Wrongfully convicted man freed after 24 years in jail

Published On: August 18, 2021 02:14 PM NPT By: Dinesh Subedi

ROLPA, August 18: The village seemed bright since early morning. Soon, the villagers started playing the trumpets. Locals were gathered around. While some were playing musical instruments, others were waiting to welcome someone with colorful garlands in their hands. A remote village in eastern Rolpa, Jailwang, had a different glowing vibe. Narendra Roka, who was sentenced to life imprisonment by an Indian court in a false case of murder 24 years ago, was returning home.

On April 29, the villagers kept Narendra's family at the house of Ash Bahadur Pun, chairman of Sunchahari Rural Municipality. "We were not allowed to go home. The villagers were preparing to welcome us. So, we were asked to stay at the chairman’s home”, said Shila, Narendra’s daughter. “We got to visit our home only the next day. All the people of the village gathered and greeted him with garlands and music.” The villagers welcomed and congratulated Narendra wholeheartedly.

In the year 1997/98, the Maiost conflict had severely affected Rolpa district. Narenda was suffering from chest pain and treatment at the sub-health post in the village did not work. With the help of a relative, he went to Simla, India for a check-up. On January 19, 1998, Narendra was sunbathing and was asleep. But when he woke up, he found himself on a hospital bed, surrounded by the police. He had lost his front tooth and his head was covered with 16 stitches.

While he was asleep, his aunt, Dunthi Roka who was known as Kamaladevi was killed. He too was severely beaten. He was admitted to the hospital on January 19 and was discharged on January 27 and taken into police custody. On the charge of killing his aunt, he was sent to Kaithu jail in Shimla.

On August 1, 1998, the Simla court convicted Narendra of murder and sentenced him to lifetime imprisonment. The high court endorsed the decision of the district court and sentenced him to life in prison on September 8, 2000. On March 11, 2002, after the Supreme Court, too, endorsed the old verdict, Narendra was sent to Kanda Jail in Simla. Though he completed 14 years in prison, the special appeal failed in 2012. However, he was released from prison on April 13, 2021, following a special appeal to the Supreme Court.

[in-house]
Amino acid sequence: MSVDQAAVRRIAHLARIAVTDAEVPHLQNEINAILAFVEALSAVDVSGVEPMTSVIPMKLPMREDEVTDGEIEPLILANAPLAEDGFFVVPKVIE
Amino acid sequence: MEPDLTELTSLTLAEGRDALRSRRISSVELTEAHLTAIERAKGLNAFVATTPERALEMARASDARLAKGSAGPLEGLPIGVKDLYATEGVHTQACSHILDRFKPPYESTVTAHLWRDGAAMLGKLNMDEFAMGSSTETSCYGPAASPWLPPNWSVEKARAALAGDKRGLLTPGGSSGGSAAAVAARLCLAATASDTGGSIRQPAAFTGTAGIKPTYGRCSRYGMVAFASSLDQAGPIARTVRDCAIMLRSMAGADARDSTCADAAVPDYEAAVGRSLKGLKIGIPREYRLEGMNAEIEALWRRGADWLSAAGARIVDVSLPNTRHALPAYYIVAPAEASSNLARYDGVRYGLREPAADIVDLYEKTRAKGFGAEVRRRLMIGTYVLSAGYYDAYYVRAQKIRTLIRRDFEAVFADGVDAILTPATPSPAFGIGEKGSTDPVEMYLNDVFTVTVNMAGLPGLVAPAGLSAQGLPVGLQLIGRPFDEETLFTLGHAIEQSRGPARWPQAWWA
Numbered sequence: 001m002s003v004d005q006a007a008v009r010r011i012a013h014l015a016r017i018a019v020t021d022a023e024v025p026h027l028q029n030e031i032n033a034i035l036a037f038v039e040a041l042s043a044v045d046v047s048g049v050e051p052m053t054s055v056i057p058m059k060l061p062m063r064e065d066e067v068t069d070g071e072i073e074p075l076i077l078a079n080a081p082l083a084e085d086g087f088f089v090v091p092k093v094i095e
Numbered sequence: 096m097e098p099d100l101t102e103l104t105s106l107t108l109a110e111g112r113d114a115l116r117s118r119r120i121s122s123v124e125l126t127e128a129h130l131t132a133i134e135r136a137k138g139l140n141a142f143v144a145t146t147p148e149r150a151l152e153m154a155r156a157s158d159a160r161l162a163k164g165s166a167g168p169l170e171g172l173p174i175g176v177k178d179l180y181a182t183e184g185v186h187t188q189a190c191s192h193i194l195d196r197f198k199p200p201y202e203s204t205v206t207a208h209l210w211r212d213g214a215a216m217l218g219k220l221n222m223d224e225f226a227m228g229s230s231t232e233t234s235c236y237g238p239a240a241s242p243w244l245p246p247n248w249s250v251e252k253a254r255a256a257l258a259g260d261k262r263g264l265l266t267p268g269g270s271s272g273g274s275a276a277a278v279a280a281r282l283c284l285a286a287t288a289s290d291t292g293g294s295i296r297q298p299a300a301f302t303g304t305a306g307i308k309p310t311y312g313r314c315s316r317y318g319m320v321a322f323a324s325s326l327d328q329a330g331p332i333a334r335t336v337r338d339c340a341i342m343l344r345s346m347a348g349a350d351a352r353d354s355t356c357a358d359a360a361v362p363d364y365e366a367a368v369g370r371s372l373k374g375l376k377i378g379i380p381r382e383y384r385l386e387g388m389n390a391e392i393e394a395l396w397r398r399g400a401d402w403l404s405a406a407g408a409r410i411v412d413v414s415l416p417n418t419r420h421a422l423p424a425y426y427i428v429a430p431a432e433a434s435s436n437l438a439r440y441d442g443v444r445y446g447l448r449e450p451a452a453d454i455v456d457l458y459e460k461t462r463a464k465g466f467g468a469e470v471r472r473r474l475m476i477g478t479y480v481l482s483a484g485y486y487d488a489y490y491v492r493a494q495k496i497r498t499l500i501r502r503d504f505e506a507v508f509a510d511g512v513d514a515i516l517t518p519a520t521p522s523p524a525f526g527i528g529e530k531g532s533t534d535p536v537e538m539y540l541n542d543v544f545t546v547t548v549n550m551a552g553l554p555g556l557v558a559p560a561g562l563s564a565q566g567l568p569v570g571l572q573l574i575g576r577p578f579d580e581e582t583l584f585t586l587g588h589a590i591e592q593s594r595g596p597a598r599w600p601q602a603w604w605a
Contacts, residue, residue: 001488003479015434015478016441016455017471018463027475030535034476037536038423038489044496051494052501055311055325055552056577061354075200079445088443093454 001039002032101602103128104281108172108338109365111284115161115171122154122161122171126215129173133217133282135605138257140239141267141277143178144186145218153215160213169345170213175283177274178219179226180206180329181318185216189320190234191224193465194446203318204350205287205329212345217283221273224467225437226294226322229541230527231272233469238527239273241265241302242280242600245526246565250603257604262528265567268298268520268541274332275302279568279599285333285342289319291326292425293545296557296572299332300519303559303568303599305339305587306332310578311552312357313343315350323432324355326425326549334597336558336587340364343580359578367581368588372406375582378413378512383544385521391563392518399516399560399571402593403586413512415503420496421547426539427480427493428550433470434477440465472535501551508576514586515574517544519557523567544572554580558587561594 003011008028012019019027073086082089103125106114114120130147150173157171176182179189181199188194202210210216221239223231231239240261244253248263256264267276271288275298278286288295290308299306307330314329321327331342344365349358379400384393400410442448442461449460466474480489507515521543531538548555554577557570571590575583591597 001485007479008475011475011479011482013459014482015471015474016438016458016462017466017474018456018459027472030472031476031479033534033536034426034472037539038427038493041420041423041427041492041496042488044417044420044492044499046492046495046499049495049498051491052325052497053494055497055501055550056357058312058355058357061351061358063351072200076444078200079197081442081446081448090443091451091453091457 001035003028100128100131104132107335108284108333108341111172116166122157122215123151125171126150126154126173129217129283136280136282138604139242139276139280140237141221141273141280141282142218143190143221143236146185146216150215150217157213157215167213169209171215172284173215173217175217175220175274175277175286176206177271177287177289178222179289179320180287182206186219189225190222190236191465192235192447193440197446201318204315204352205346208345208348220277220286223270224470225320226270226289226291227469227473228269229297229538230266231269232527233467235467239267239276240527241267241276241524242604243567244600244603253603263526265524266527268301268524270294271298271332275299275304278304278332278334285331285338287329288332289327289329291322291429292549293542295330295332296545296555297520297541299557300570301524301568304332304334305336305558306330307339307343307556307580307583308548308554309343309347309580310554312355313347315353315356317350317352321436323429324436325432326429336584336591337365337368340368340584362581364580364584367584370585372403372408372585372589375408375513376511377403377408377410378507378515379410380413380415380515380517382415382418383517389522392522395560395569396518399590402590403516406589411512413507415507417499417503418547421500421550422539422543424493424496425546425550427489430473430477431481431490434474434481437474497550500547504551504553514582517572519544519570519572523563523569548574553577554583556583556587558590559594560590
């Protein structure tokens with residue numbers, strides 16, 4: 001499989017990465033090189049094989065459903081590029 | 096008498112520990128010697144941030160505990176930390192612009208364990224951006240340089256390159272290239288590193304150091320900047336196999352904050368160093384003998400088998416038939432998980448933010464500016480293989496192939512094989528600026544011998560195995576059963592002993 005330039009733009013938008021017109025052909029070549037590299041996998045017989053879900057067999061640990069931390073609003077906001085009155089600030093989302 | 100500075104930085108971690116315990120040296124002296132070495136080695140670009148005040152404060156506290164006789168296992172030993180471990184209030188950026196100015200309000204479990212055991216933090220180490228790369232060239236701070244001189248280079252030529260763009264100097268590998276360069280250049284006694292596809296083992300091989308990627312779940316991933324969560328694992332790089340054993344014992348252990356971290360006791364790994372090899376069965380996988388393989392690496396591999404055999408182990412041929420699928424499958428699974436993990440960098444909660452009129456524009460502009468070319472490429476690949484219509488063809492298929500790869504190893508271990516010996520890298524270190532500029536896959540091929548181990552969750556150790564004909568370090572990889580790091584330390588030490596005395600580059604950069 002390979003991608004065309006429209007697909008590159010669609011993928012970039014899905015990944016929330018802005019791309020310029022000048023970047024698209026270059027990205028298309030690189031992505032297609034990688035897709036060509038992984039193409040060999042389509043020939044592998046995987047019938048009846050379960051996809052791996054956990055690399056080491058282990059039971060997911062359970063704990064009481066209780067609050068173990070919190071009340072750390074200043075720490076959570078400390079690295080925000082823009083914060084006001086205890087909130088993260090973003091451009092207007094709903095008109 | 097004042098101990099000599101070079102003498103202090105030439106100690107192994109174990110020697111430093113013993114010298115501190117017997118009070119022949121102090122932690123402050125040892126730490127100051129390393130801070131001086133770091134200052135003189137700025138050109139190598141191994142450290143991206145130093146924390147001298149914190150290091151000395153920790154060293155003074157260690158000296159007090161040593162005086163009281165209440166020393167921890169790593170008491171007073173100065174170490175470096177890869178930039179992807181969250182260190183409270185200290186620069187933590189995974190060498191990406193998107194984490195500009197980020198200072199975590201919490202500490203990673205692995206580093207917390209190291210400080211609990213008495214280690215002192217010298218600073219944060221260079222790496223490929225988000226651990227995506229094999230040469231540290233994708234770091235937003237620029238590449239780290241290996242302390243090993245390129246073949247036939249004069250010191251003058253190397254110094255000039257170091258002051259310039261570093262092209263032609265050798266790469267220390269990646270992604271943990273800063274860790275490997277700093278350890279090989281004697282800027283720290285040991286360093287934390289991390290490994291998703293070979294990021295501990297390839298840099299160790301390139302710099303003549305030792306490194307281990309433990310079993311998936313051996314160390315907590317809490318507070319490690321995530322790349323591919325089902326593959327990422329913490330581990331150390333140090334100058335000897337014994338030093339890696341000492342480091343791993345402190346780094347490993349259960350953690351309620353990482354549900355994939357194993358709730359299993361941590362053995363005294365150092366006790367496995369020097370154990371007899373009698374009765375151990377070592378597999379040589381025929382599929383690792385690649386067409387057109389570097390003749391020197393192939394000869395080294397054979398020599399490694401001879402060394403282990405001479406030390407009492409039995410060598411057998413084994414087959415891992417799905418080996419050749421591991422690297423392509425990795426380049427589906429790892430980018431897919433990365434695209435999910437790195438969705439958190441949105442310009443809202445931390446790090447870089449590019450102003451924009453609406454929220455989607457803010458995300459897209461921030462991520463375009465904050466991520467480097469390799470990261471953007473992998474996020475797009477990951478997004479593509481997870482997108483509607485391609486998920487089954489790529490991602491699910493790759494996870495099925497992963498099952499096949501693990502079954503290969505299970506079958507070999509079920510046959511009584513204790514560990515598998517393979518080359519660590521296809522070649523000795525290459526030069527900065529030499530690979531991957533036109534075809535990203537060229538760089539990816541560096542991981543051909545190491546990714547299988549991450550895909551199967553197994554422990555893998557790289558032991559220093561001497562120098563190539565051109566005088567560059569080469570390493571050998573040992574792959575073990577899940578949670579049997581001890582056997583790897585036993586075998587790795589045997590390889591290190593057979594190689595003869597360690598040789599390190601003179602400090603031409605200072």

Dhungi Roka was stunned  after receiving the news that Narendra was released from jail through Vice President Nanda Bahadur Pun's Chief Personal Secretary, Shuk Bahadur Roka. This was the happiest day in her life. She had visited her husband in the Indian jail a few times. Sheila Roka, who is 25 years old, had last seen her father when she was one year old. As she hadn’t got her father’s love in her childhood, she was really excited to meet him. “Tears came to my eyes when I got the news of my father being released,” she said. On April 19, she finally got to meet her father.

"We went to Sunauli with my mother and neighbor. When we met each other, both of my parents got emotional.” According to Shila, villagers welcomed Narendra into the village. Next day, the family gave a feast to the villagers to celebrate this reunion.

Meeting the son

Though Narendra got a chance to talk to his wife once or twice when she visited him in the jail, he never got an opportunity to meet his children. While spending those years in jail, he even forgot his mother tongue. His wife, however, spoke only the Kham language. One day, a young man visited Narendra in jail. The young man was no other than his son, who was just four years old when he last saw him. His son had joined the Indian Army and had gone to the jail to visit him.

According to Prem Kumari Budha, his daughter-in-law, Narendra stays at home confused. “He cooks and usually is lost in his own world. He mixes Nepali, Hindi and Kham language when he speaks.” The villagers have always known him as an honest and straightforward man.

Narendra spent 24 years of his life in jail even though he had committed no crime. He is now 50 years old and hasn’t yet figured out what to do with his life. There is still no concrete data on how many innocent Nepalis like him are still imprisoned in India and other countries.


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